Ville was interested in unloading some of his RPG collection. He named a few titles and I searched them up. Well, not much use in that. The problem is that the reviews I found where more about sharing information on the game rather than opinions. And yes, you do need opinions.
For example, this didn’t come up yesterday, but I do remember one review of a game, in which the reviewer noted that character creation takes a lot of time and you should set aside a whole session for that. Okay. That’s good to know. Now, I would like to know whether it’s worth it.
Taking up a lot of time for character creation isn’t in itself good or bad. If that time is spent, because the parts of the book explaining it is horribly organized or involves a lot complicated, unneeded decisions, than it is bad. On the other hand, if that time is spent character building, it can be a good thing.
For some reason, most of the reviews I come across are still about completely technical information. They’ll spend time explaining hwo the system works, but not what it does for you.
Suppose film criticism worked the same way. Suppose I simply describe a film. It’s runtime, what year was it made, who’s in it, who’s behind the camera, what’s the intended genre. This is all information I want from film criticism, but that is not all. Sometimes some of these little factoids can be a reason to see film. Certain directors are reliable or interesting enough to follow. On the other hand, I don’t need a reviewer for that. A simple IMDb page is enough.
What I want from the review is criticism. I want the reviews to be a part of a conversation or at least an attempt to start one. I don’t need there to be a deep dialogue on each movie, but rather on the art form as a whole. Each good review should be part of it. Obviously, a small part, but still, they should bring something new to the table. Some opinion on how the movie relates to other movies, to life, to the reviewers themselves.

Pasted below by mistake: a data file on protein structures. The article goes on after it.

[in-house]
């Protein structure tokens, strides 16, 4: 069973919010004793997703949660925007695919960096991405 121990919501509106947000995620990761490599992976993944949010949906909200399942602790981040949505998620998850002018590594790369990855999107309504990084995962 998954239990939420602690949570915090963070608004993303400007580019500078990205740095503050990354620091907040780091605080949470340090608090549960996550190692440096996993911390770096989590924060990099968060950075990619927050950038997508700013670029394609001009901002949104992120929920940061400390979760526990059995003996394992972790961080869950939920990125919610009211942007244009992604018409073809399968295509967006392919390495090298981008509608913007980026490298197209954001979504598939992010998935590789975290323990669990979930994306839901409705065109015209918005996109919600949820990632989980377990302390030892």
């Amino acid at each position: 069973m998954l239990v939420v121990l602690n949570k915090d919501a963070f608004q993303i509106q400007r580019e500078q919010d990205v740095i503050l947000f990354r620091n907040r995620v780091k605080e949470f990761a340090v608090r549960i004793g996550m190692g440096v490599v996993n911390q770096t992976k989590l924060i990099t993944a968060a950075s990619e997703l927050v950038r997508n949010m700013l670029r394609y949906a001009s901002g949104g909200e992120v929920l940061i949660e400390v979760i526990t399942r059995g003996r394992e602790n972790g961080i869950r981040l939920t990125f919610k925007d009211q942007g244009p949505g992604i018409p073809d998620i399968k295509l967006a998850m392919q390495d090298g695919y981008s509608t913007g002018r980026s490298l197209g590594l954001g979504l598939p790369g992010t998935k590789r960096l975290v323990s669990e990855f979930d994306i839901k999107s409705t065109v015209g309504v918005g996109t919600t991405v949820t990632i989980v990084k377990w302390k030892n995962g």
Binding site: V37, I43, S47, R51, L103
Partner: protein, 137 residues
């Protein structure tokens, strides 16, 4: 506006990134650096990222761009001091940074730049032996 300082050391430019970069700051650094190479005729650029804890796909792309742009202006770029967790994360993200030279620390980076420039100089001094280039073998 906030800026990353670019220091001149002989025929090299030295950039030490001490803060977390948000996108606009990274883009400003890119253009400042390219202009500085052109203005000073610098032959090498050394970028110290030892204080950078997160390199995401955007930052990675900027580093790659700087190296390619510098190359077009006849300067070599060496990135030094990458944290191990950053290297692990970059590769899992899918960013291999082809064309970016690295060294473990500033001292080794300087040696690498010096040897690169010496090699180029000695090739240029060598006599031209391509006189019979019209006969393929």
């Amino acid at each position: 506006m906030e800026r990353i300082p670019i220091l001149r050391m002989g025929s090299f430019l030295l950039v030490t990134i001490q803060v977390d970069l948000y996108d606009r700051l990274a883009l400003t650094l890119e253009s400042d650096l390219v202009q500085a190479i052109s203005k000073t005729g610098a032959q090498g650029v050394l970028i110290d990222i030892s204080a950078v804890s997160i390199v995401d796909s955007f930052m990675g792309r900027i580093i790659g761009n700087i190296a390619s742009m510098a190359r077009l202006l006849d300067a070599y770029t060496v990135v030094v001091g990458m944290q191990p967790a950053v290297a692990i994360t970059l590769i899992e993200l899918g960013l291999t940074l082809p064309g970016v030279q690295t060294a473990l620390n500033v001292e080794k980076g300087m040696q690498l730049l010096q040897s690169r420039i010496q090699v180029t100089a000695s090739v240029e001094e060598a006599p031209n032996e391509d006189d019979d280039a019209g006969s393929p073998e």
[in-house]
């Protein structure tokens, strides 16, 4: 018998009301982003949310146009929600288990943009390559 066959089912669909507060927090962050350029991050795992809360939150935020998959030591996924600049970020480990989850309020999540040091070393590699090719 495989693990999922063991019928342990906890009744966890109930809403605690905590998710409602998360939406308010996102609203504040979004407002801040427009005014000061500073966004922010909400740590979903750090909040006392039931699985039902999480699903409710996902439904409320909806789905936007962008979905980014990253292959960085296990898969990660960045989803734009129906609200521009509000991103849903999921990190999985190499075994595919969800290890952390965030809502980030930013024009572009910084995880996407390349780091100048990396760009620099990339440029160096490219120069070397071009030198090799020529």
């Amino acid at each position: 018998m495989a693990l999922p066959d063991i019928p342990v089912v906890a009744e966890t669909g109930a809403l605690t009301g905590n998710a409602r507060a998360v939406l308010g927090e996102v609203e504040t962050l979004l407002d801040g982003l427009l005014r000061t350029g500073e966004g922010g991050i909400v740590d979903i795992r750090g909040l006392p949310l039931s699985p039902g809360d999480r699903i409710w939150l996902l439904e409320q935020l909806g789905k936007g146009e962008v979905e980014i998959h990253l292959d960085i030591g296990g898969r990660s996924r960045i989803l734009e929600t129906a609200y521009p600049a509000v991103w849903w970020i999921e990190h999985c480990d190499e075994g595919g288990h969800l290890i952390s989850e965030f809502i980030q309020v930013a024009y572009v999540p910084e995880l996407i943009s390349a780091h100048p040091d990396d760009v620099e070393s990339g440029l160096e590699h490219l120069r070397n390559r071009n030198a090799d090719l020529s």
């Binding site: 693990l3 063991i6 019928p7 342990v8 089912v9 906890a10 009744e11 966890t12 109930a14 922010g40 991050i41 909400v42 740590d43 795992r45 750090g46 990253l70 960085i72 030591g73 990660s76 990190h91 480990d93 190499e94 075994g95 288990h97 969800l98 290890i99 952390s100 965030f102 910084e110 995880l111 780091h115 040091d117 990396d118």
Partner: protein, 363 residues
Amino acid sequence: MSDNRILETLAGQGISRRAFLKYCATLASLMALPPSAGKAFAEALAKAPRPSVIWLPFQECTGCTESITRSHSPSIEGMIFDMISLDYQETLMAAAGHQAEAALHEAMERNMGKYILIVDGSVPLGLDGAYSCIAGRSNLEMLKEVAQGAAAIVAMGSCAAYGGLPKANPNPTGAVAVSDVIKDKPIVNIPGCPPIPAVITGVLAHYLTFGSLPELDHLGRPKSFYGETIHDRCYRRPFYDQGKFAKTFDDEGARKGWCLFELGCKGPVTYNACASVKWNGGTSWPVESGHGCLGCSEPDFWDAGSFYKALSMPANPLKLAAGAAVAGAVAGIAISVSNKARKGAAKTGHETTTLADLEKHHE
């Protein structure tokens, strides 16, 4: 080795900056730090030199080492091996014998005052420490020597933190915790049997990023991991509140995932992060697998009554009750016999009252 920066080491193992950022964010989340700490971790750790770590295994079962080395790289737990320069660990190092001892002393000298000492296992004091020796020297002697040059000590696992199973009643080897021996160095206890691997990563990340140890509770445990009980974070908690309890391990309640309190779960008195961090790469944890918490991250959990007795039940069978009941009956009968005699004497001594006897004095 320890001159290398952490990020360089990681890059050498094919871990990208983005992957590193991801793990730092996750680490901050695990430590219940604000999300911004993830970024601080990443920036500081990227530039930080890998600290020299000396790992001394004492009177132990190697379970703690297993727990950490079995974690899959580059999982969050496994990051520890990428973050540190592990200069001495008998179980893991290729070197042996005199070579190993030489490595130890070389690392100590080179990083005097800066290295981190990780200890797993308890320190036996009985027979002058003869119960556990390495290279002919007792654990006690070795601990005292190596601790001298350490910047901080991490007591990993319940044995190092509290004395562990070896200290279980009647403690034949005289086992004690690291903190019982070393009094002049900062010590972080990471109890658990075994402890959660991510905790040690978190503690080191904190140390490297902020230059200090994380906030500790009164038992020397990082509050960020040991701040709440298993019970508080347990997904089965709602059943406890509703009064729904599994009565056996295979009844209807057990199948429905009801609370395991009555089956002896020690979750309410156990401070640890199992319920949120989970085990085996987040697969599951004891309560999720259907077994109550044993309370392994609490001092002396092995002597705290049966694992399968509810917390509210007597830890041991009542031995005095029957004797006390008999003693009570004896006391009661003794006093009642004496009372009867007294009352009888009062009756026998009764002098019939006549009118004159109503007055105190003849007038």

Just telling me that a game contains dwarves is not part of this conversation. Do the dwarves add to the game? What’s the reason they exist from a game design point of view? Does it work? Are they just short, stocky, alcoholic humans, or do they have an identity of their own? Do they add something to the game or are they just there because the designers felt it would sell a few more books? That is the kind of thing I’m interested in. Of course, you don’t need to dwell on every subject in that way, but if a game is seminal enough, every aspect of it should be looked at through a similar lense.
We do have two goals here. The more immediate one, of course, is to understand a game better before purchasing it. Just having a sci-fi setting might not be enough to work for your idea of a sci-fi campaign. How are you going to figure that out, if the reviewers aren’t helping you with this?
The long-term goal is to advance our understanding of games in general. Again, it’s about a conversation. Simply bringing up certain subjects will help the reader be aware of those issues in other games and thus deepen their understanding of what makes games tick. It doesn’t even matter if you disagree with the reviewer. Those situations might actually be the more important ones, because it’s those times that make you look at your own views and perhaps understand them better or revise them. (Well, unless you just rationalize your opinions as people are in general more than willing to do.)